Utilizing indirect calorimetry (IC) measurements can improve how well energy expenditure and caloric needs are managed in critically ill patients.
Determining the caloric needs for critically ill patients has always been a challenge. In addition to unpredictable patient needs that can vary based on the severity of illness, there are a multitude of other factors that impact energy expenditure (EE) and subsequent energy needs.1
Underfeeding is a major issue in the ICU with only 50-60% of patients receiving their nutritional prescription. This is compounded by the fact that nearly half of all patients admitted to the ICU are already malnourished, contributing to higher morbidity and mortality.2,3
When attempting to predict specific metabolic responses, a frequent practice is to overfeed the patient in an attempt to ensure caloric needs are met. However, overfeeding carries its own set of consequences and is not always an ideal solution.1
In fact, there is a U-shaped relationship with mortality when it comes to both under- and overfeeding – too much in either direction can be detrimental.4 Ideally, meeting the EE needs of the patient at a 70% rate provides the best survival outcomes, which can be difficult to consistently achieve.
Thankfully with indirect calorimetry, EE can be determined and measured. With indirect calorimetry, individualized and precision nutrition for patients can be achieved. In this article we will discuss the dynamics of fluctuating nutritional needs and how to best manage them with indirect calorimetry.
Factors Impacting Energy Expenditure and Caloric Needs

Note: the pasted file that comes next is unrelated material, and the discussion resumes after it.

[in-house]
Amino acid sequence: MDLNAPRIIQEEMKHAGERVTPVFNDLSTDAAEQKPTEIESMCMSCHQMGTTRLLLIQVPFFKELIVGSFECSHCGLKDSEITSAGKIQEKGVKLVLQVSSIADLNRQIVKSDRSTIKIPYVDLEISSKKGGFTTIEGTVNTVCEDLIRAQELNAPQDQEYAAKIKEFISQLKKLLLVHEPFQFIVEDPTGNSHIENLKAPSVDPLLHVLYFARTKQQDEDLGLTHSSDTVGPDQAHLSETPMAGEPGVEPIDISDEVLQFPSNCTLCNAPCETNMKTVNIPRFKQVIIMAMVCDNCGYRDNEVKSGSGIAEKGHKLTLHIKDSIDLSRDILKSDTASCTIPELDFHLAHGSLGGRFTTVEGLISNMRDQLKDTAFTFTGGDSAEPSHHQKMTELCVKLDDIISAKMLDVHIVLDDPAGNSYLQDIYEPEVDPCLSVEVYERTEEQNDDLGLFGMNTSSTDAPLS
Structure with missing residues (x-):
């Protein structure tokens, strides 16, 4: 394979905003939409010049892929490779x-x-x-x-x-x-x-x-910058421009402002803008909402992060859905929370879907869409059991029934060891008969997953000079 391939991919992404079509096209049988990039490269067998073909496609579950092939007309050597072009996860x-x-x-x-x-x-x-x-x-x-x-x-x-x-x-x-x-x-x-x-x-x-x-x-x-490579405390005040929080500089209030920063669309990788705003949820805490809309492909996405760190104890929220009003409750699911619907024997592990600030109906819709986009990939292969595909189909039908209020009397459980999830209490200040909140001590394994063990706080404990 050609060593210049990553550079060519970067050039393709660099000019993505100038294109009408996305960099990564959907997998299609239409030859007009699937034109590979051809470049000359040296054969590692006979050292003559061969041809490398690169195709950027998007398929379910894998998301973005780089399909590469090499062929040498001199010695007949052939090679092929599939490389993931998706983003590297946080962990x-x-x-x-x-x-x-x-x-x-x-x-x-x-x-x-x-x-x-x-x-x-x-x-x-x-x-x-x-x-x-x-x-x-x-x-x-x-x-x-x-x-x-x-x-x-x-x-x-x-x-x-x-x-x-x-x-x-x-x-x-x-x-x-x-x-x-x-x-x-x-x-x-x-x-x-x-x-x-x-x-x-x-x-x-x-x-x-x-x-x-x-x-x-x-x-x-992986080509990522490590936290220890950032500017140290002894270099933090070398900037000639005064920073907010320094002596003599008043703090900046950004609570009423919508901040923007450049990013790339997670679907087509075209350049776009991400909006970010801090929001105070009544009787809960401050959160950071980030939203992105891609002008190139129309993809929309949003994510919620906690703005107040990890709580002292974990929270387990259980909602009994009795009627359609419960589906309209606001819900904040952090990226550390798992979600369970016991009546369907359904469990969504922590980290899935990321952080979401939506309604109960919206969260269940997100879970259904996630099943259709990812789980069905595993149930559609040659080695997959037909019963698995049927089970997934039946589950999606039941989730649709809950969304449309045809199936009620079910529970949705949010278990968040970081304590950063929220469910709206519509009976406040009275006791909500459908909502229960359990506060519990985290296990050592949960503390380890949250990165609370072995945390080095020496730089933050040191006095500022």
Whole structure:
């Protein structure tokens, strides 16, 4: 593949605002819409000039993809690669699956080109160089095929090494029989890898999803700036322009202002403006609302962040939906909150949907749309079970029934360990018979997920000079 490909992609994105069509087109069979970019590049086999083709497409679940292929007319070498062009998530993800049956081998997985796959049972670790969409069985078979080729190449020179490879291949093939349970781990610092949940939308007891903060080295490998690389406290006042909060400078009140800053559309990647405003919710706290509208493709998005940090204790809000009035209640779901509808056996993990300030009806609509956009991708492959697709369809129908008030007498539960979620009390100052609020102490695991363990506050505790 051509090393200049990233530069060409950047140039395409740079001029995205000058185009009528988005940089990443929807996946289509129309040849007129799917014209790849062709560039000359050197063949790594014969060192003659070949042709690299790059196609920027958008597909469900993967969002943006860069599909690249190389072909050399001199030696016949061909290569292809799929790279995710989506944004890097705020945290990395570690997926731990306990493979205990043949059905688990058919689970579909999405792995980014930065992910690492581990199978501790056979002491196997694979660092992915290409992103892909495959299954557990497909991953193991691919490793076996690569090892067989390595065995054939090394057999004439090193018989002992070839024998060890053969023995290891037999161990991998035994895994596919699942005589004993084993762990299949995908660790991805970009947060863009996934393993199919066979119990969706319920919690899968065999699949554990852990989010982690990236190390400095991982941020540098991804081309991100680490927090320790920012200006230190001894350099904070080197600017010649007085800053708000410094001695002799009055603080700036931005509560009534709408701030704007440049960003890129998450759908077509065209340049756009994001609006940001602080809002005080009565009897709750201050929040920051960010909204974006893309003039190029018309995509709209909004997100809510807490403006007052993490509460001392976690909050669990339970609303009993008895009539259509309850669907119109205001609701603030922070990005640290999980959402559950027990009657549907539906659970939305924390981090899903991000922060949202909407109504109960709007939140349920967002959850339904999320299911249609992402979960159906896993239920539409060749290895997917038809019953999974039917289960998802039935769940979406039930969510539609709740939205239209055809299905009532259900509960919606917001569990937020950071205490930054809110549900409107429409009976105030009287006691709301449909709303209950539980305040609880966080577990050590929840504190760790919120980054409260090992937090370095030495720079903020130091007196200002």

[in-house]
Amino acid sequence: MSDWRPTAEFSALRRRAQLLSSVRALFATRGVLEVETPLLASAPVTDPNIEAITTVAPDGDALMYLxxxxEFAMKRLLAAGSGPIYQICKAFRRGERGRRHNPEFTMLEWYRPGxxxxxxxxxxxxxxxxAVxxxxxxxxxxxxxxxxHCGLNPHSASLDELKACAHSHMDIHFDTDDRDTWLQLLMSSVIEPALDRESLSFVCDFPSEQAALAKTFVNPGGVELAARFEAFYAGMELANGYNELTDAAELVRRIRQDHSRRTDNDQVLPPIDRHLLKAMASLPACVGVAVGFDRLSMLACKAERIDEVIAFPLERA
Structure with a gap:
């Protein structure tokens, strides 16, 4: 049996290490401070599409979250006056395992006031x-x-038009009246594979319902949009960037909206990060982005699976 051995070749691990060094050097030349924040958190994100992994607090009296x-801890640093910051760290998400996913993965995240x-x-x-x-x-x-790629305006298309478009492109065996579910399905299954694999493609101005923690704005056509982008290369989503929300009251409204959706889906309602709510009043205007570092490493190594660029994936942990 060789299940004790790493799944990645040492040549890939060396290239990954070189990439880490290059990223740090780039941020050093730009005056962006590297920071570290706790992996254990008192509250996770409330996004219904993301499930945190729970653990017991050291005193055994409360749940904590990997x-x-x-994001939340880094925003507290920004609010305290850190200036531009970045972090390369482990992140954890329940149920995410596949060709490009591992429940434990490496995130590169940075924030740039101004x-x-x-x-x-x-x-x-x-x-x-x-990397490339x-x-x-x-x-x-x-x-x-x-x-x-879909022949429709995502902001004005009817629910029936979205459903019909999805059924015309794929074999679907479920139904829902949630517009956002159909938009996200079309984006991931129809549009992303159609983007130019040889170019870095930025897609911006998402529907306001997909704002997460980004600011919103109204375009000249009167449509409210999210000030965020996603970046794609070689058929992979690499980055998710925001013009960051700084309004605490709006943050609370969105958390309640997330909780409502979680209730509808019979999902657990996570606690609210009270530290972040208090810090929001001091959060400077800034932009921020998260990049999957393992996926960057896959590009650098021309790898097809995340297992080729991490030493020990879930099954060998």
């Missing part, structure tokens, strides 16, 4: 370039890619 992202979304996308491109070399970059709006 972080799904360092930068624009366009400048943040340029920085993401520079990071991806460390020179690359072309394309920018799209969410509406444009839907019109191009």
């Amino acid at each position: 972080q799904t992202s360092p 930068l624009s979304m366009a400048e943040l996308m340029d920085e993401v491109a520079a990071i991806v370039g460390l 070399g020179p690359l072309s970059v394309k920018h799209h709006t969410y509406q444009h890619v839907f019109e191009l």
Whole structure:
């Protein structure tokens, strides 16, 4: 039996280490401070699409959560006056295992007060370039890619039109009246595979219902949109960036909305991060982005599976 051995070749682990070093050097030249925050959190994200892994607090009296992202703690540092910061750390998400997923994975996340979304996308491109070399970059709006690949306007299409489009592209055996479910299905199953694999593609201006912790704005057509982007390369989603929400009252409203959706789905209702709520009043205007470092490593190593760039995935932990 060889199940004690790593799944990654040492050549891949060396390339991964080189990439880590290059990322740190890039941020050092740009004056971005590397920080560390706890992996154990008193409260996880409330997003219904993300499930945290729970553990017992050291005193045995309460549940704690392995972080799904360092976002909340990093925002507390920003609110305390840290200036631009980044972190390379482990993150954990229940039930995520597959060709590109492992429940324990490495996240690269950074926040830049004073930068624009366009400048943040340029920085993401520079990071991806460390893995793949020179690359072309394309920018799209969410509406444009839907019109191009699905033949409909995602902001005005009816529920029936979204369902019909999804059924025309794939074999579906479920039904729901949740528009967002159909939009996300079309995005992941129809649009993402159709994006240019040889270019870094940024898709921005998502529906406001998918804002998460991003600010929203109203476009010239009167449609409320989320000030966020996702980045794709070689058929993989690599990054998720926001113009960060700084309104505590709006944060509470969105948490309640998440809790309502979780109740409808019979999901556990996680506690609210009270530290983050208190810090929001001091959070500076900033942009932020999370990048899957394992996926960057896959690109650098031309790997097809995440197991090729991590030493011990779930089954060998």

Predicting metabolic rates in critically ill patients is a moving target, and one that cannot be ascertained with verifiable accuracy. Patient demographics, disease processes, acute metabolic stress, magnitude and duration of illness, and baseline nutritional status can all play a role in how much energy is required at any given point.
When it comes to decreasing EE here are some of the more prevalent factors:1
- Lower lean body mass
- Medications including beta blockers, sedatives, and muscle relaxers
A few factors known to increase EE include:1
- Physical exercise and exertion
- Hyperthermia (fever)
- Systemic inflammation and sepsis
As with many critically ill patients requiring ICU care, they can experience any number of these factors within a short period of time. As an example, stress from injury or inflammation can increase EE in one hour, and then medications to manage symptoms can decrease EE in the next hour.1
This highlights the need for frequent monitoring of caloric needs, using EE to predict the nutritional requirements of these patients more accurately. And this is where indirect calorimetry can provide substantial insights into what those exact requirements are.
What is Indirect Calorimetry
Indirect calorimetry measures energy expenditure and respiratory quotient (RQ) by measuring respiratory gas exchange.1 By monitoring both the consumption (inhalation) of oxygen (VO2) and production (exhalation) of carbon dioxide (VCO2), a real-time measurement of energy metabolism can be made.
In comparison, direct calorimetry measures heat production rather than respiratory gas exchange and is not a practical clinical solution.1 In clinical practice, indirect calorimetry is calculated using an abbreviated Weir‘s equation, which omits the need for urinary nitrogen measurements.1
The Weir’s equation consists of applying “caloric values of the oxidation of 1L of oxygen metabolizing a fat and carbohydrate mixture” to determine resting energy expenditure (REE).1